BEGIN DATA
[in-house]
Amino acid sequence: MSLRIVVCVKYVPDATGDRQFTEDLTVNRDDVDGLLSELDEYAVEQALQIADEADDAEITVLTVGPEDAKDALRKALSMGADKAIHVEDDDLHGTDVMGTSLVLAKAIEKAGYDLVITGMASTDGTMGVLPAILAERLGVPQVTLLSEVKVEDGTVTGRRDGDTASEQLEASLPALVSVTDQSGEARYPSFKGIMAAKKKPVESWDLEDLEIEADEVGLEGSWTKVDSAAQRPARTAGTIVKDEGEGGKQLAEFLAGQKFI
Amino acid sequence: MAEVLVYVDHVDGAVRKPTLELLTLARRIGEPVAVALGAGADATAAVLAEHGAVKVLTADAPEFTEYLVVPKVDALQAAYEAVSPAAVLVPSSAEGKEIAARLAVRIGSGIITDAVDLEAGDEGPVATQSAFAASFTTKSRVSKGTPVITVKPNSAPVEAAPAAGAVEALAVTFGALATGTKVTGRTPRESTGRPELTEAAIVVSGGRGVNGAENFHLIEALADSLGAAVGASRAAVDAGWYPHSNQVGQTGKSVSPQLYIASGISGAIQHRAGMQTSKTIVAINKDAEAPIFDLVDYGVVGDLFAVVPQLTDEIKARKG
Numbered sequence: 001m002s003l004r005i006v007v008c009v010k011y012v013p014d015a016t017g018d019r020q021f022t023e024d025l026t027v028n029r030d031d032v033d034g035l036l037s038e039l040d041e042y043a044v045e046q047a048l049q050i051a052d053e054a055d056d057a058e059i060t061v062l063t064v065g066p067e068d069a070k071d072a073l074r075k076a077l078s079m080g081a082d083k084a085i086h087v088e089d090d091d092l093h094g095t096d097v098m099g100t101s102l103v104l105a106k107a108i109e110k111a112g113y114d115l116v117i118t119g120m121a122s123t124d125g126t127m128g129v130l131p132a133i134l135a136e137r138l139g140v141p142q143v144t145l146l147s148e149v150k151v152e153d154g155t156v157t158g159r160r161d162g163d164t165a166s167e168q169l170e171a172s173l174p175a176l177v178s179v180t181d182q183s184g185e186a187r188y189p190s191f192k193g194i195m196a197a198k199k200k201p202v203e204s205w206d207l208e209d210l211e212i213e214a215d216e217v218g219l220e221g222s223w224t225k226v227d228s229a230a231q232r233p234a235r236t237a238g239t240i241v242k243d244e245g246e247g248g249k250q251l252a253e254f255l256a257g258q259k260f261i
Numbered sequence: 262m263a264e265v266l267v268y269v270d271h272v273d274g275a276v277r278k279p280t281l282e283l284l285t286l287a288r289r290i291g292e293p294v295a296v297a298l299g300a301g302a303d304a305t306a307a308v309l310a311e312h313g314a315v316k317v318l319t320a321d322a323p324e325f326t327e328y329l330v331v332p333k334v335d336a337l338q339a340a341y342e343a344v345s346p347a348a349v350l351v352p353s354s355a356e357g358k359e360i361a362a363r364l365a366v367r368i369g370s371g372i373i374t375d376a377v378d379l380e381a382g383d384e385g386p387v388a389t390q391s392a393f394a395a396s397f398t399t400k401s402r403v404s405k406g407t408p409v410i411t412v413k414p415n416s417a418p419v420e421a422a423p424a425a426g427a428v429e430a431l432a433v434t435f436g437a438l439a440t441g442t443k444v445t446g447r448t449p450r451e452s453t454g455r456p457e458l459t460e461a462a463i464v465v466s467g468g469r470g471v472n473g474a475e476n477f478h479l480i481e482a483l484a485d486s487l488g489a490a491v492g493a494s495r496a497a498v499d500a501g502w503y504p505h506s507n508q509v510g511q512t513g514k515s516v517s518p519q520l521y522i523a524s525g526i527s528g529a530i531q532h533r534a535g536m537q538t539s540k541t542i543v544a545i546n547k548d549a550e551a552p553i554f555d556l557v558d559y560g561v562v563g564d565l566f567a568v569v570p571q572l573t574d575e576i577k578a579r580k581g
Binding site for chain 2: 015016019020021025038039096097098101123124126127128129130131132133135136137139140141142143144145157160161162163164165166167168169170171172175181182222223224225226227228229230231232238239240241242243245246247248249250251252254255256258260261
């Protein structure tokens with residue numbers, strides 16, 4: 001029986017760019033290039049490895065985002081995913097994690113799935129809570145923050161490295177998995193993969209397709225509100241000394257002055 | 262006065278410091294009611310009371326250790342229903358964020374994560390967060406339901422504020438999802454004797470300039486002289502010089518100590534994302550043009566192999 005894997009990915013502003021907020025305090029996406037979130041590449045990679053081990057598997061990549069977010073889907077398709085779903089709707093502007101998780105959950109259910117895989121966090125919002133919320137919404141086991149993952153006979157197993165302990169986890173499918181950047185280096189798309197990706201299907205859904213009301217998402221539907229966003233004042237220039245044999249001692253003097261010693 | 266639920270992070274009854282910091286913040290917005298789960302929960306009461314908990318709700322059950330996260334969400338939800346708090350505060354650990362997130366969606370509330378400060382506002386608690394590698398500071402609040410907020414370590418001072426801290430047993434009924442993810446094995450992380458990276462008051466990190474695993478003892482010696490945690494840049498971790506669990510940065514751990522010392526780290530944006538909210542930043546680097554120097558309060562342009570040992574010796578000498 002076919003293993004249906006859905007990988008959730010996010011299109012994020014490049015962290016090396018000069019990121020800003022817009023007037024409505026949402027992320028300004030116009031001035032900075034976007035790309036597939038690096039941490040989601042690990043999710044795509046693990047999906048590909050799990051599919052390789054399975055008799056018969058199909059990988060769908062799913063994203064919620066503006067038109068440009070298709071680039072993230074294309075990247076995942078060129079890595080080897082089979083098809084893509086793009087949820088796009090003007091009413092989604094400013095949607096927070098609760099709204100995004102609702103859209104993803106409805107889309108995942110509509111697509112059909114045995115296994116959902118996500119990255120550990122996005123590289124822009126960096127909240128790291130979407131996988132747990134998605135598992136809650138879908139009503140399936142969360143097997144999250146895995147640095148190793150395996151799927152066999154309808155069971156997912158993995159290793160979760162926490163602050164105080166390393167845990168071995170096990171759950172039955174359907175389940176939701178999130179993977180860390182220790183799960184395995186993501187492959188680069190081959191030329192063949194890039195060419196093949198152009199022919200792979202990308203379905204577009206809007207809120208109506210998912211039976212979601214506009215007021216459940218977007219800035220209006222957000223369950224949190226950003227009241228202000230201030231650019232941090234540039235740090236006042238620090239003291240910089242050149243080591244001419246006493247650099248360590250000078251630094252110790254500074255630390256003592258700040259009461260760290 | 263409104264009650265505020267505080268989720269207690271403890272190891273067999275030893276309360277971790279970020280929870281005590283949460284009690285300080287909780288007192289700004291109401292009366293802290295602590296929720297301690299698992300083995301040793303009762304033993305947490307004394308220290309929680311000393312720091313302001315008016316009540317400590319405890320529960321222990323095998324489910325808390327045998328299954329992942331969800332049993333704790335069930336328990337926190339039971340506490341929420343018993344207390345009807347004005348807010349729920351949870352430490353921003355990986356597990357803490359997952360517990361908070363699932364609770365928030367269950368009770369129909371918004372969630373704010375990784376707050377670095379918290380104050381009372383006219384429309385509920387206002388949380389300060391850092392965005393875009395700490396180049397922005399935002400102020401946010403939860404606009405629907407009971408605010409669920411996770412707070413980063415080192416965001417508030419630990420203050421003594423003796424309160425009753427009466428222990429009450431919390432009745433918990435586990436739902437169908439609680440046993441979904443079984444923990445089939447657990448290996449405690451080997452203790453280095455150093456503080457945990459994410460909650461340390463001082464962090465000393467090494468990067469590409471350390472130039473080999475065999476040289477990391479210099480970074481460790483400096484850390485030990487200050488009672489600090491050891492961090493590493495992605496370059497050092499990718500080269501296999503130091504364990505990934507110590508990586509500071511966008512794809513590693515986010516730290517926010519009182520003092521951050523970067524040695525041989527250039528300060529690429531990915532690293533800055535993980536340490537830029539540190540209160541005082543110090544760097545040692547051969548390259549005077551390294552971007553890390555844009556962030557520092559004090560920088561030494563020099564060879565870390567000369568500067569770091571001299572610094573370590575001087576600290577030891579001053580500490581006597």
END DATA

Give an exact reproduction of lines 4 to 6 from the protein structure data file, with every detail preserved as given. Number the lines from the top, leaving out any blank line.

Numbered sequence: 001m002s003l004r005i006v007v008c009v010k011y012v013p014d015a016t017g018d019r020q021f022t023e024d025l026t027v028n029r030d031d032v033d034g035l036l037s038e039l040d041e042y043a044v045e046q047a048l049q050i051a052d053e054a055d056d057a058e059i060t061v062l063t064v065g066p067e068d069a070k071d072a073l074r075k076a077l078s079m080g081a082d083k084a085i086h087v088e089d090d091d092l093h094g095t096d097v098m099g100t101s102l103v104l105a106k107a108i109e110k111a112g113y114d115l116v117i118t119g120m121a122s123t124d125g126t127m128g129v130l131p132a133i134l135a136e137r138l139g140v141p142q143v144t145l146l147s148e149v150k151v152e153d154g155t156v157t158g159r160r161d162g163d164t165a166s167e168q169l170e171a172s173l174p175a176l177v178s179v180t181d182q183s184g185e186a187r188y189p190s191f192k193g194i195m196a197a198k199k200k201p202v203e204s205w206d207l208e209d210l211e212i213e214a215d216e217v218g219l220e221g222s223w224t225k226v227d228s229a230a231q232r233p234a235r236t237a238g239t240i241v242k243d244e245g246e247g248g249k250q251l252a253e254f255l256a257g258q259k260f261i
Numbered sequence: 262m263a264e265v266l267v268y269v270d271h272v273d274g275a276v277r278k279p280t281l282e283l284l285t286l287a288r289r290i291g292e293p294v295a296v297a298l299g300a301g302a303d304a305t306a307a308v309l310a311e312h313g314a315v316k317v318l319t320a321d322a323p324e325f326t327e328y329l330v331v332p333k334v335d336a337l338q339a340a341y342e343a344v345s346p347a348a349v350l351v352p353s354s355a356e357g358k359e360i361a362a363r364l365a366v367r368i369g370s371g372i373i374t375d376a377v378d379l380e381a382g383d384e385g386p387v388a389t390q391s392a393f394a395a396s397f398t399t400k401s402r403v404s405k406g407t408p409v410i411t412v413k414p415n416s417a418p419v420e421a422a423p424a425a426g427a428v429e430a431l432a433v434t435f436g437a438l439a440t441g442t443k444v445t446g447r448t449p450r451e452s453t454g455r456p457e458l459t460e461a462a463i464v465v466s467g468g469r470g471v472n473g474a475e476n477f478h479l480i481e482a483l484a485d486s487l488g489a490a491v492g493a494s495r496a497a498v499d500a501g502w503y504p505h506s507n508q509v510g511q512t513g514k515s516v517s518p519q520l521y522i523a524s525g526i527s528g529a530i531q532h533r534a535g536m537q538t539s540k541t542i543v544a545i546n547k548d549a550e551a552p553i554f555d556l557v558d559y560g561v562v563g564d565l566f567a568v569v570p571q572l573t574d575e576i577k578a579r580k581g
Binding site for chain 2: 015016019020021025038039096097098101123124126127128129130131132133135136137139140141142143144145157160161162163164165166167168169170171172175181182222223224225226227228229230231232238239240241242243245246247248249250251252254255256258260261